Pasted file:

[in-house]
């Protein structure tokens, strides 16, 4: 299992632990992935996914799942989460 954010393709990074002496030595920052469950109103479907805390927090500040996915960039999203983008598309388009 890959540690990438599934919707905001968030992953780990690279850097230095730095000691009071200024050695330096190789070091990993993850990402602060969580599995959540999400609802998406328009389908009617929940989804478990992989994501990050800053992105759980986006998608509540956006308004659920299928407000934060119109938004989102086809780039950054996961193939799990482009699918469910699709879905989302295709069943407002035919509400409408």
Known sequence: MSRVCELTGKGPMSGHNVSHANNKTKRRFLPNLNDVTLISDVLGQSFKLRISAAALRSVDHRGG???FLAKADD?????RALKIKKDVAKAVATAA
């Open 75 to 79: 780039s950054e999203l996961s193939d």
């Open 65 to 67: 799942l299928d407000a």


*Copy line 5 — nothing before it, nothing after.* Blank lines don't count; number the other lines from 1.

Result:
């Open 65 to 67: 799942l299928d407000a």